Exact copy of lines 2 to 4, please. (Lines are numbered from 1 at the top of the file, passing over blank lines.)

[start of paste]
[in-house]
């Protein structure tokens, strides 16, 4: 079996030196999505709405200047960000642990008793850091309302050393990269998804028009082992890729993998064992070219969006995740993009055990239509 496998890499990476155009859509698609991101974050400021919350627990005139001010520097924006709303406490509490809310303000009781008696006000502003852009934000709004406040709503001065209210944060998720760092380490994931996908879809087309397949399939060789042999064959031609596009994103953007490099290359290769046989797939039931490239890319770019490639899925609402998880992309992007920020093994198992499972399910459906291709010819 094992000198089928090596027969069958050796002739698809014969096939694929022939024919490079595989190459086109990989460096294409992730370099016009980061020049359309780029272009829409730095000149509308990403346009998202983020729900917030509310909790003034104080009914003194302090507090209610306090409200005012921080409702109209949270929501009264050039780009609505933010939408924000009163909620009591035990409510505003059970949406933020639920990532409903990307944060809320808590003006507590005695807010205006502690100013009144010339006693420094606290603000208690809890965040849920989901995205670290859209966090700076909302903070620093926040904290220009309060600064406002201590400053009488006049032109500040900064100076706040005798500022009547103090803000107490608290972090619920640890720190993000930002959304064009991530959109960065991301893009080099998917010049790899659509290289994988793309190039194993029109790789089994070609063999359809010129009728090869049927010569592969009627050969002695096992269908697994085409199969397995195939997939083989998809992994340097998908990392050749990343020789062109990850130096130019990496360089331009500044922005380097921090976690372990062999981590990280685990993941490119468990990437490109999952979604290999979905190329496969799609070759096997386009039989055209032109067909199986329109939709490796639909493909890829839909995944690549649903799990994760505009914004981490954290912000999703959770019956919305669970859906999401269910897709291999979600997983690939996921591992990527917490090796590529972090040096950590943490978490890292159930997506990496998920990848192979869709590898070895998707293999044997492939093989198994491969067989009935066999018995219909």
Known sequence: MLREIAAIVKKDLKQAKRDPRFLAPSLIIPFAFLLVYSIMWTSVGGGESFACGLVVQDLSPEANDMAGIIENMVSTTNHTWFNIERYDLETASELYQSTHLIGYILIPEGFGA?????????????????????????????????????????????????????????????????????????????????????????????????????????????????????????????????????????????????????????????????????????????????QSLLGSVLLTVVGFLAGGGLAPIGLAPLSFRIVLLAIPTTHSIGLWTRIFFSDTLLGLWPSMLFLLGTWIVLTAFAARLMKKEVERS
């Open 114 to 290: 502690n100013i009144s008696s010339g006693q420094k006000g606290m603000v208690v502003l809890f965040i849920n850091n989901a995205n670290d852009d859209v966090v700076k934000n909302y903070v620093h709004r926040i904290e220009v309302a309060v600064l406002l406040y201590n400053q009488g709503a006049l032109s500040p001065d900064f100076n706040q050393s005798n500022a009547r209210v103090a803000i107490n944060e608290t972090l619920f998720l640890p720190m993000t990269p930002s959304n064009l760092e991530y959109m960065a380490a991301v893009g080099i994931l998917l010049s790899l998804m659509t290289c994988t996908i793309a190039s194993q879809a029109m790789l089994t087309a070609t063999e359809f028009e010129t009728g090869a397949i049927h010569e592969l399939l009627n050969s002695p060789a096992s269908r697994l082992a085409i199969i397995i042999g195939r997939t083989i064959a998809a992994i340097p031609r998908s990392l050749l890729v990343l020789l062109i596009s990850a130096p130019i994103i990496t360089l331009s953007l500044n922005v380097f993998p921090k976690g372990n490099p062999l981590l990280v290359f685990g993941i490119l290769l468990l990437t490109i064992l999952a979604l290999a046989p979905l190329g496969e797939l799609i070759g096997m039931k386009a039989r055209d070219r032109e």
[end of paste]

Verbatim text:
């Protein structure tokens, strides 16, 4: 079996030196999505709405200047960000642990008793850091309302050393990269998804028009082992890729993998064992070219969006995740993009055990239509 496998890499990476155009859509698609991101974050400021919350627990005139001010520097924006709303406490509490809310303000009781008696006000502003852009934000709004406040709503001065209210944060998720760092380490994931996908879809087309397949399939060789042999064959031609596009994103953007490099290359290769046989797939039931490239890319770019490639899925609402998880992309992007920020093994198992499972399910459906291709010819 094992000198089928090596027969069958050796002739698809014969096939694929022939024919490079595989190459086109990989460096294409992730370099016009980061020049359309780029272009829409730095000149509308990403346009998202983020729900917030509310909790003034104080009914003194302090507090209610306090409200005012921080409702109209949270929501009264050039780009609505933010939408924000009163909620009591035990409510505003059970949406933020639920990532409903990307944060809320808590003006507590005695807010205006502690100013009144010339006693420094606290603000208690809890965040849920989901995205670290859209966090700076909302903070620093926040904290220009309060600064406002201590400053009488006049032109500040900064100076706040005798500022009547103090803000107490608290972090619920640890720190993000930002959304064009991530959109960065991301893009080099998917010049790899659509290289994988793309190039194993029109790789089994070609063999359809010129009728090869049927010569592969009627050969002695096992269908697994085409199969397995195939997939083989998809992994340097998908990392050749990343020789062109990850130096130019990496360089331009500044922005380097921090976690372990062999981590990280685990993941490119468990990437490109999952979604290999979905190329496969799609070759096997386009039989055209032109067909199986329109939709490796639909493909890829839909995944690549649903799990994760505009914004981490954290912000999703959770019956919305669970859906999401269910897709291999979600997983690939996921591992990527917490090796590529972090040096950590943490978490890292159930997506990496998920990848192979869709590898070895998707293999044997492939093989198994491969067989009935066999018995219909």
Known sequence: MLREIAAIVKKDLKQAKRDPRFLAPSLIIPFAFLLVYSIMWTSVGGGESFACGLVVQDLSPEANDMAGIIENMVSTTNHTWFNIERYDLETASELYQSTHLIGYILIPEGFGA?????????????????????????????????????????????????????????????????????????????????????????????????????????????????????????????????????????????????????????????????????????????????QSLLGSVLLTVVGFLAGGGLAPIGLAPLSFRIVLLAIPTTHSIGLWTRIFFSDTLLGLWPSMLFLLGTWIVLTAFAARLMKKEVERS
């Open 114 to 290: 502690n100013i009144s008696s010339g006693q420094k006000g606290m603000v208690v502003l809890f965040i849920n850091n989901a995205n670290d852009d859209v966090v700076k934000n909302y903070v620093h709004r926040i904290e220009v309302a309060v600064l406002l406040y201590n400053q009488g709503a006049l032109s500040p001065d900064f100076n706040q050393s005798n500022a009547r209210v103090a803000i107490n944060e608290t972090l619920f998720l640890p720190m993000t990269p930002s959304n064009l760092e991530y959109m960065a380490a991301v893009g080099i994931l998917l010049s790899l998804m659509t290289c994988t996908i793309a190039s194993q879809a029109m790789l089994t087309a070609t063999e359809f028009e010129t009728g090869a397949i049927h010569e592969l399939l009627n050969s002695p060789a096992s269908r697994l082992a085409i199969i397995i042999g195939r997939t083989i064959a998809a992994i340097p031609r998908s990392l050749l890729v990343l020789l062109i596009s990850a130096p130019i994103i990496t360089l331009s953007l500044n922005v380097f993998p921090k976690g372990n490099p062999l981590l990280v290359f685990g993941i490119l290769l468990l990437t490109i064992l999952a979604l290999a046989p979905l190329g496969e797939l799609i070759g096997m039931k386009a039989r055209d070219r032109e």